Fatigue, Migraines Linked To Fracking As Case Builds For National Ban
‘It is abundantly clear that fracking is harming people, and the only solution is to stop fracking’
New research published Thursday links severe fatigue and migraine headaches to hydraulic fracturing, or fracking, leading to renewed calls for a ban on the controversial oil and gas extraction method.
Researchers from the Johns Hopkins Bloomberg School of Public Health reported their findings online in the journal Environmental Health Perspectives, saying their research adds to “a growing body of evidence linking the fracking industry to health problems.”
The study was based on a survey of 7,785 adult primary care patients of the Geisinger Health System, a healthcare provider that covers 40 counties in north and central Pennsylvania. With the Marcellus Shale running below most of Pennsylvania, the northeastern and southwestern parts of the state have become ground zero for drilling.
According to a press statement from Johns Hopkins, the researchers found that 1,765 respondents (23 percent) suffered from migraines; 1,930 people (25 percent) experienced severe fatigue; and 1,850 (24 percent) had current symptoms of chronic rhinosinusitis, defined as three or more months of nasal and sinus symptoms.
The researchers then used publicly available well data to estimate participants’ exposure to the fracking industry—accounting for both the size and number of wells, as well as the distance between wells and people’s homes. “While no single health condition was associated with proximity to active wells, those who met criteria for two or more of the health conditions were nearly twice as likely to live closer to more or larger wells,” they reported.
“These three health conditions can have debilitating impacts on people’s lives,” said study author Aaron W. Tustin, a resident physician in the Department of Environmental Health Sciences at the Bloomberg School. “In addition, they cost the health care system a lot of money. Our data suggest these symptoms are associated with proximity to the fracking industry.”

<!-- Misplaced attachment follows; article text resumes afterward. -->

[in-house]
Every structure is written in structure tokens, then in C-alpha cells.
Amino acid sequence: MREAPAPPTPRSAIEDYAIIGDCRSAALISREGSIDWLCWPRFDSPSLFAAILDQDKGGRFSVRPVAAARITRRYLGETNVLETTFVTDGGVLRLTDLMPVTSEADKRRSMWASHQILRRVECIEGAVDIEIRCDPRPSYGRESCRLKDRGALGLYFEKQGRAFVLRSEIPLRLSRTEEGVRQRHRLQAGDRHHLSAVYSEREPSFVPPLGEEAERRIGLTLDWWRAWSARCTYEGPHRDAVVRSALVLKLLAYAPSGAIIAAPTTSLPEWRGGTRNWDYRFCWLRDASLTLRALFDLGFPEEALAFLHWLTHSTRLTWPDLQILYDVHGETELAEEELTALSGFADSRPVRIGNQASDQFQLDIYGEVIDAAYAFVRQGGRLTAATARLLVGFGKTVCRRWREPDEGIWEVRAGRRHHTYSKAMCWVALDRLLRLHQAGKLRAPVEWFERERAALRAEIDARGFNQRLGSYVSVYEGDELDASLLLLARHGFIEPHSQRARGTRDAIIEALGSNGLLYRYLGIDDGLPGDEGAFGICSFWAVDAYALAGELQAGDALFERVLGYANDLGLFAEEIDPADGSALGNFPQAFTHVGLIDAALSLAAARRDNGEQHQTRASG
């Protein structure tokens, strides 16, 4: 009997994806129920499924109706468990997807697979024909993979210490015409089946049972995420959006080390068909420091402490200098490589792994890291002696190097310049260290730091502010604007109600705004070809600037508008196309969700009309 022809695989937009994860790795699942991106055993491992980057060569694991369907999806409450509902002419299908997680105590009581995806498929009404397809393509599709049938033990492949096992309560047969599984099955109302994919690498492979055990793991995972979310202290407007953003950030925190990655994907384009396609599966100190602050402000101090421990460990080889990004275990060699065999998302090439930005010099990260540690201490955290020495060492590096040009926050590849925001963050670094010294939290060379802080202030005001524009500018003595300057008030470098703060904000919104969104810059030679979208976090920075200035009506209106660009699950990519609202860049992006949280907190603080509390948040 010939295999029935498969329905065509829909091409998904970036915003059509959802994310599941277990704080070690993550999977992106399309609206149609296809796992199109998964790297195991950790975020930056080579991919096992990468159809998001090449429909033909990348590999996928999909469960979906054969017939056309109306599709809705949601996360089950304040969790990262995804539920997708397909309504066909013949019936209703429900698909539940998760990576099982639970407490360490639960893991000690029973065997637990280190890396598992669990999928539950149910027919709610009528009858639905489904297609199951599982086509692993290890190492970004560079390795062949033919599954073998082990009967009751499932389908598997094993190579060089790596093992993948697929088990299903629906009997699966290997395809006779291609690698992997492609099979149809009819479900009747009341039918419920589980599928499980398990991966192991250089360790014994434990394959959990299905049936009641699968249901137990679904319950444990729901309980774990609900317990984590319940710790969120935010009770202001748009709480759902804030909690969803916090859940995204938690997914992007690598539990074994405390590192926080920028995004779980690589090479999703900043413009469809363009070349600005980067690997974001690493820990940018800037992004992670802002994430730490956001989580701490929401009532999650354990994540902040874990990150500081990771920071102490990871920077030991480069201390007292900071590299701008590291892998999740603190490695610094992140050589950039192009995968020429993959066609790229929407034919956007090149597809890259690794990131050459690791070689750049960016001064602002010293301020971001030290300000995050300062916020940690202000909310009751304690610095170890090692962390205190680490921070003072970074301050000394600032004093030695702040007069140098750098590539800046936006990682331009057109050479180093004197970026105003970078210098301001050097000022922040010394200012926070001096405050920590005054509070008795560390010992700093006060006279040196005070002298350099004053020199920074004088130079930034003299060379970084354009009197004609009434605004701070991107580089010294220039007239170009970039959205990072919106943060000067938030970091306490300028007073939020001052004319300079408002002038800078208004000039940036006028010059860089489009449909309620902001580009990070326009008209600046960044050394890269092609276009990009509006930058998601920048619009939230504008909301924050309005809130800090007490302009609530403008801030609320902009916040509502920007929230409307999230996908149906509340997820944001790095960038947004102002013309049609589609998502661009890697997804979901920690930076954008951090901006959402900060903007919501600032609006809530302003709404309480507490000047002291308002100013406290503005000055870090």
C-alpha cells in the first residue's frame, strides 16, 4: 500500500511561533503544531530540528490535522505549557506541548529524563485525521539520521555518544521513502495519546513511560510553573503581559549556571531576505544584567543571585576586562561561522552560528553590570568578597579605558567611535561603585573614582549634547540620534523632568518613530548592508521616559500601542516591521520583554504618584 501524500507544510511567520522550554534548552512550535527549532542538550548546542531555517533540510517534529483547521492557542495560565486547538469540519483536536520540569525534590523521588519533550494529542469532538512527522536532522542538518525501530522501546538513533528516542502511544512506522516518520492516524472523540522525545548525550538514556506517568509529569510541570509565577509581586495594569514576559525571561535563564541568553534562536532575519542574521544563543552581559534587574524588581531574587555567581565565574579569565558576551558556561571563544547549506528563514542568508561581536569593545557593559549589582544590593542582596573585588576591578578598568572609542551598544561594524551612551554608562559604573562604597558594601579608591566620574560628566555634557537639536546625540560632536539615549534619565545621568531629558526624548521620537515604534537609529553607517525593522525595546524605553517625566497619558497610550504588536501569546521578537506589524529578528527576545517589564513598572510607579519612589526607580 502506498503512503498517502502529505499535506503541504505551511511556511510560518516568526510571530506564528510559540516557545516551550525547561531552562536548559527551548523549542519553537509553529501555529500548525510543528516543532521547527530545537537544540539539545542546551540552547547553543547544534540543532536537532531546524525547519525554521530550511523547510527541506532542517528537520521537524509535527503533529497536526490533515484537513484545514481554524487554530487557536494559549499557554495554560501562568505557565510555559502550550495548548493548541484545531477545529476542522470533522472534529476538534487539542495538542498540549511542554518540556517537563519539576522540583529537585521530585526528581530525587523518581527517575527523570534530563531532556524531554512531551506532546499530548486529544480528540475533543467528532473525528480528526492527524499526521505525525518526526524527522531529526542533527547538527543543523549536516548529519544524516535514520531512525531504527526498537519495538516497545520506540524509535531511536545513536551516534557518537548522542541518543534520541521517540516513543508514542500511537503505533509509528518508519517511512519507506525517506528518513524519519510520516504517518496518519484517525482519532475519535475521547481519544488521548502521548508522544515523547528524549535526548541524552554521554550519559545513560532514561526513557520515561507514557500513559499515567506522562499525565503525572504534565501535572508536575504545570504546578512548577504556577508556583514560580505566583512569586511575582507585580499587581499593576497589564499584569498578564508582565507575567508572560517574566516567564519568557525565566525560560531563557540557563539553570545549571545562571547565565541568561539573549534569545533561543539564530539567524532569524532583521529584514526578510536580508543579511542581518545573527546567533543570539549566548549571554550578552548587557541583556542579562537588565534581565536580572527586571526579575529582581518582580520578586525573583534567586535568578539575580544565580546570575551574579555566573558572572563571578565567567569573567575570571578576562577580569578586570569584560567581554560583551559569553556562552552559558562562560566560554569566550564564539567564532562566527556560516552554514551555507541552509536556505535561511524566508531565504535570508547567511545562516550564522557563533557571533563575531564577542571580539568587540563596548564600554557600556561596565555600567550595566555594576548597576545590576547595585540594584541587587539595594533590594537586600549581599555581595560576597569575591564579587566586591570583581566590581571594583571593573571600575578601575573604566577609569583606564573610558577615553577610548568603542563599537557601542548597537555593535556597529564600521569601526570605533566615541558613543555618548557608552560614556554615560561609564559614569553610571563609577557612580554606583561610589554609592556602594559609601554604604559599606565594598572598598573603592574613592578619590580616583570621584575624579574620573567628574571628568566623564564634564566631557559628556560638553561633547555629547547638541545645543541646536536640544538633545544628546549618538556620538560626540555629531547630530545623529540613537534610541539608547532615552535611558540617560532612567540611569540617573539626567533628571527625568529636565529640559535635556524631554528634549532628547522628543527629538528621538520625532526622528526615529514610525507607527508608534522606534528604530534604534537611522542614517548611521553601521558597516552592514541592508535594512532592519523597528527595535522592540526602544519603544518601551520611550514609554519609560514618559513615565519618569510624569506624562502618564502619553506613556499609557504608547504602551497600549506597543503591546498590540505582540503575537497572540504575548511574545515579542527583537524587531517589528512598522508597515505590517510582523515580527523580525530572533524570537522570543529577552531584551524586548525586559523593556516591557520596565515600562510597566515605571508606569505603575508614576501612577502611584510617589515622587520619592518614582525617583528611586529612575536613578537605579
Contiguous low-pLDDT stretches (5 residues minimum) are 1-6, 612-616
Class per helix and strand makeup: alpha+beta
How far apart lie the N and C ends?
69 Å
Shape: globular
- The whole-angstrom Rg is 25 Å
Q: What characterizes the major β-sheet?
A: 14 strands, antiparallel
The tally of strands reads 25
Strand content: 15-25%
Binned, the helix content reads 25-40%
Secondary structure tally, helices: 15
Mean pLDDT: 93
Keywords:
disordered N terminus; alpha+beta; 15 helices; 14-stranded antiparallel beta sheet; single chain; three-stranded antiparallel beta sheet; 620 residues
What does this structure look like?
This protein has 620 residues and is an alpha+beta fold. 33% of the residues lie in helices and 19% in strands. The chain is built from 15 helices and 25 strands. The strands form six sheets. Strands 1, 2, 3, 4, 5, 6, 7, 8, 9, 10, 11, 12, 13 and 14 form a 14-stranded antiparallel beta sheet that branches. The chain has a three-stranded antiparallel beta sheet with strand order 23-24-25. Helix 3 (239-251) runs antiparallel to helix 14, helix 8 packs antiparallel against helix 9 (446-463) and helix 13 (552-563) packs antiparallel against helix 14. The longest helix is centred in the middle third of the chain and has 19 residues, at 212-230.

And while the study proves correlation, not causation, senior author Brian S. Schwartz, a physician and environmental epidemiologist at the Bloomberg School of Public Health, told the New York Times, “there have now been seven or eight studies with different designs and in different populations, and while none is perfect, there is now a growing body of evidence that this industry is associated with impacts on health that are biologically plausible. Do we know the exact mechanism? No. That requires further study.”
In fact, noted Food & Water Watch executive director Wenonah Hauter on Thursday, “this is the third study released by Hopkins in the past year that connects proximity to fracking sites with adverse health outcomes. Last fall, researchers found an association between fracking and premature births and high-risk pregnancies, and last month, found ties between fracking and asthma.”
“While the industry will no doubt continue to refute the expanding science about the dangers of fracking, we can’t afford to ignore it,” said Hauter, who is a vocal proponent of a national fracking ban. “The public health and climate impacts of extreme fossil fuel extraction requires bold leadership to keep fossil fuels in the ground and transition swiftly to renewable energy.”
Indeed, said Diane Sipe, Pennsylvania resident and steering committee member of Pennsylvanians Against Fracking: “Enough is enough.”
“It is abundantly clear that fracking is harming people, and the only solution is to stop fracking,” Sipe declared. “The people in this state do not deserve to be put in harm’s way by leaders who are choosing to ignore the dangers of fracking and related infrastructure. It is time for Governor [Tom] Wolf to follow the example set in New York, and put the well-being of his constituents above the profits of the oil and gas industry and ban fracking in Pennsylvania once and for all.”
A separate study, also published Thursday, found that prenatal exposure to fracking chemicals may threaten fertility in female mice.
“The evidence indicates that developmental exposure to fracking and drilling chemicals may pose a threat to fertility in animals and potentially people,” said the study’s senior author, Susan C. Nagel of the University of Missouri. “Negative outcomes were observed even in mice exposed to the lowest dose of chemicals, which was lower than the concentrations found in groundwater at some locations with past oil and gas wastewater spills.”
She added: “These findings build on our previous research, which found exposure to the same chemicals was tied to reduced sperm counts in male mice. Our studies suggest adverse developmental and reproductive health outcomes might be expected in humans and animals exposed to chemicals in regions with oil and gas drilling activity.”
Deirdre Fulton is a Common Dreams staff writer.